The end of an era for Aussie blue chip shares

Investors have already been thrown their fair share of curveballs in 2016.

First, there was China.

Investors around the world panicked at the thought of a potential “hard landing” for the world’s second biggest economy, which is now growing at its slowest pace in a quarter of a century.

The situation was exacerbated by a bout of volatility on the country’s stock market, which has since been nicknamed the “crazy casino”.

The oil market has also taken investors on a roller coaster ride.

Heavy losses in 2015 extended into the new year as the resource plunged to around US$27 a barrel. It hasn’t traded at those levels in nearly 13 years.

Although it’s been a bumpy ride, it has since surged to almost US$33 a barrel, leading some economists to predict a major oil “bull market” in 2016 and 2017.

Whether or not that actually happens is another thing…

The fact is, the oil market is overflowing with supplies right now, with some estimates suggesting more than one million barrels per day in excess capacity.

There has been some talk of a deal being struck between OPEC and non-OPEC producers to curb supply, but an agreement could take some time yet…

After all, it’s really a big game of Chicken right now, where no one wants to be the first to give up their share of the market.

The end of an era for Aussie blue chip shares

The fears regarding China and the crashing oil market have spread far and wide, panicking investors around the world into a selling frenzy.

Unfortunately, Australia’s own share market has been much the same. The S&P/ASX 200 (ASX: XJO) has fallen 6.6% year-to-date while it’s down nearly 18% since peaking in 2015.

In times of uncertainty, investors have typically turned to the blue chips as a source of comfort.

These are some of Australia’s biggest and most reputable companies. They’re the household names most investors are confident will still be around – bigger and stronger – in 10-years’ time.

But it hasn’t gone that way so far in 2016…

Sure, the miners and energy companies have been hit hard, as one might expect.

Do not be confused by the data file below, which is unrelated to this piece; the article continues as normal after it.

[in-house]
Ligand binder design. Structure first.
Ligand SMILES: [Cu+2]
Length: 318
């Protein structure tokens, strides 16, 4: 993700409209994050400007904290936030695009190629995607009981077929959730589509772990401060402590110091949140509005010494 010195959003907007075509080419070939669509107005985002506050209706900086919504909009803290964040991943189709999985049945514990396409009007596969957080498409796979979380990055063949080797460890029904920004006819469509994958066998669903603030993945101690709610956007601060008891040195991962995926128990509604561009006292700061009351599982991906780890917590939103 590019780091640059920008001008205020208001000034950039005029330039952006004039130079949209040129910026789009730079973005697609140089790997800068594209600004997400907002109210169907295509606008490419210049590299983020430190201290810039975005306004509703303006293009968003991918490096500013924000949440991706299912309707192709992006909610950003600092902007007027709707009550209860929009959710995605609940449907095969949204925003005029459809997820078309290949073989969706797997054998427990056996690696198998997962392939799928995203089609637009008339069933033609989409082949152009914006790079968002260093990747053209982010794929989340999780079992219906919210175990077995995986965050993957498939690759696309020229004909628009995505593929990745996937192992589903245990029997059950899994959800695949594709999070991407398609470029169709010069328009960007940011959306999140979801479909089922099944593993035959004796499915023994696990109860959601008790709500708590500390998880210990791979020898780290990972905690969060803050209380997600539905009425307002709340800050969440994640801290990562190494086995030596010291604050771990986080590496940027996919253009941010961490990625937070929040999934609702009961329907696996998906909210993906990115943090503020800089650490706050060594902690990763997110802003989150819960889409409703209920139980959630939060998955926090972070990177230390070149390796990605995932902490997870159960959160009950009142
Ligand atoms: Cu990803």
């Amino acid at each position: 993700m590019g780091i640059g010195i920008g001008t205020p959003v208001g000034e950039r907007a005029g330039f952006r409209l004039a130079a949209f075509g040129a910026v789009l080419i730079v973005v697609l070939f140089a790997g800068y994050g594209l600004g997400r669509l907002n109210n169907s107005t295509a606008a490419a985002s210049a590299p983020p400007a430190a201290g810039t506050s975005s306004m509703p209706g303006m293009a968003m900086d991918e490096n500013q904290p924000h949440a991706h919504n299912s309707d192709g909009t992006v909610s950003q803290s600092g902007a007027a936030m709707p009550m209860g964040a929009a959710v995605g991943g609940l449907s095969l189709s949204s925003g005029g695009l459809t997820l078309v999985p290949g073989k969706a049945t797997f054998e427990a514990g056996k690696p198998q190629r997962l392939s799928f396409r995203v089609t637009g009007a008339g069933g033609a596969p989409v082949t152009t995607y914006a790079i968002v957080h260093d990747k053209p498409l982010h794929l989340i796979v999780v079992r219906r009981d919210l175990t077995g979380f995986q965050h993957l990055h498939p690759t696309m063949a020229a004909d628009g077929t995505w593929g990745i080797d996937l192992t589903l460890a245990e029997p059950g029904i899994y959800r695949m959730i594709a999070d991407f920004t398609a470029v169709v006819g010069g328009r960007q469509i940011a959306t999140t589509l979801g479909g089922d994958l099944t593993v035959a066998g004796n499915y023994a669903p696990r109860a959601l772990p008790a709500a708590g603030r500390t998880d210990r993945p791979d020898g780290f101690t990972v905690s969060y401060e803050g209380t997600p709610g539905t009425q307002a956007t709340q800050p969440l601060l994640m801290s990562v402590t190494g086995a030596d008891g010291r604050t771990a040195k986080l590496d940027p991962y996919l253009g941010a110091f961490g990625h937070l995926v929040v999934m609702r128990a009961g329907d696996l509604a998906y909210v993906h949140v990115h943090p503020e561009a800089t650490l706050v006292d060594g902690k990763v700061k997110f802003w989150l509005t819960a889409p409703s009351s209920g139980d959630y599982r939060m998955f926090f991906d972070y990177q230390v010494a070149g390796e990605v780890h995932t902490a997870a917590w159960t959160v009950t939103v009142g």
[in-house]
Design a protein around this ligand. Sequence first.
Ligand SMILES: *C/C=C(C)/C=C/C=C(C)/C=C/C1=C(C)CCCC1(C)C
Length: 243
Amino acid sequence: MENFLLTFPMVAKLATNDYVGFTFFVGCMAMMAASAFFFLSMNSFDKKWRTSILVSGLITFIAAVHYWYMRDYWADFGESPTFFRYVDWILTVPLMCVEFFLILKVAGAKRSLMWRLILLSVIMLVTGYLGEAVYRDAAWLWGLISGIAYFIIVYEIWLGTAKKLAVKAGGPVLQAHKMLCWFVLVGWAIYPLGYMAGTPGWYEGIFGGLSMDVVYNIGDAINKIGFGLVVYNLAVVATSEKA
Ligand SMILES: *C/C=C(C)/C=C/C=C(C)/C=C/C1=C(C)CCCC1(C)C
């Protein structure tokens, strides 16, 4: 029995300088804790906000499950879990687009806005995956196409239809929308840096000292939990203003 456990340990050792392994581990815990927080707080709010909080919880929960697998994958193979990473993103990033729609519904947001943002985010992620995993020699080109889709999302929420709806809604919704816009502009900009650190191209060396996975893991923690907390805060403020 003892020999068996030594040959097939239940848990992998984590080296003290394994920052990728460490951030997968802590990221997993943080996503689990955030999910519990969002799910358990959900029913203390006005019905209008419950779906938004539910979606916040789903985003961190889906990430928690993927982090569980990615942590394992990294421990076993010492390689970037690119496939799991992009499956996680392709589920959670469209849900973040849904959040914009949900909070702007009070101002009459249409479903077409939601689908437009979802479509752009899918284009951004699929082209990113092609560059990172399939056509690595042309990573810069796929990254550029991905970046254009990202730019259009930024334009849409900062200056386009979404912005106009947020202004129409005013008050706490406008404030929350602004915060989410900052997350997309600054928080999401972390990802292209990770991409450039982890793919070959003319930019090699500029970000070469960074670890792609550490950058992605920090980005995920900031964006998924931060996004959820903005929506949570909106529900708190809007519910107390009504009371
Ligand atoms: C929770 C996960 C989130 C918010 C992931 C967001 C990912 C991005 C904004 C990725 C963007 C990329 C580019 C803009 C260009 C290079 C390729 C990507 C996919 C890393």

BHP Billiton Limited (ASX: BHP), for instance, has plunged 16% since the beginning of the year and is trading around $15 a share, while some forecasts suggest it could drop to $10 – or lower – before it finds a floor.

Investors are also weighing up the likelihood that the miner will be forced to scrap its ‘progressive dividend’ policy, while a major capital raising is possible.

The warning signs have been on the wall for a long time for the commodities market. But for most investors, the signs weren’t so clear cut when it came to the nation’s other blue chip shares.

Not so for Bruce Jackson, General Manager of The Motley Fool Australia.

In November 2015, Bruce warned investors of “The end of an era for Aussie blue chip shares.”

Since then, shares of Australia and New Zealand Banking Group (ASX: ANZ) have fallen nearly 9%, while they’re down 36% since peaking in 2015.

Further falls are possible after the bank’s new CEO, Shayne Elliott, flagged a potential cut to the group’s full-year dividend.

Analysts at Morgan Stanley were already predicting a cut, possibly as much as 14%, partially due to a rise in loan losses.

But ANZ isn’t the only bank susceptible to a decline…

Each of the other major banks are also at risk of slowing earnings growth with bad debt charges tipped to rise, together with the possibility of further capital raisings this year.

Outside the banks, Woolworths Limited (ASX: WOW) has also dominated the headlines.

Investors recently applauded its decision to offload its failed Masters business.

While the move will help stem the losses in the short-term however, it’s unclear whether or not long-term investors will ultimately benefit.

Then there’s the fact that it’s still without a CEO to replace the outgoing Grant O’Brien… Its Big W business is still a mess… And its supermarkets are still losing market share to Coles and Aldi

These blue chip companies account for a large portion of the overall ASX 200, and thus make up big positions in most “index hugging” funds.

They also dominate the portfolios of many unsuspecting ‘mum and dad’ investors, and could threaten to impact their long-term returns as a result.

Finding Tomorrow’s Winners

Now, I’m not saying that you should eliminate your exposure to Australia’s blue chips.

As an example, I still think Wesfarmers Ltd (ASX: WES) represents good value.

Telstra Corporation Ltd’s (ASX: TLS) 5.5% fully franked dividend yield looks pretty compelling in this low interest rate environment as well.

But to find tomorrow’s winners, investors should open themselves up to looking outside the usual suspects.

And that’s where Scott Phillips comes in.

Scott is the lead advisor for Motley Fool Share Advisor, a service which is handily outperforming its benchmark, the All Ordinaries (ASX: XAO), since its time of inception.

When new members join the service, one of the first things they will notice is the lack of miners or banks on the scorecard.

Not BHP. Not Rio Tinto Limited (ASX: RIO). Not even Australia’s biggest company by market value, Commonwealth Bank of Australia (ASX: CBA).

That’s not to say they’ll never make it to the scorecard. But right now, there are simply better opportunities that Scott believes investors can profit from over the long-term.

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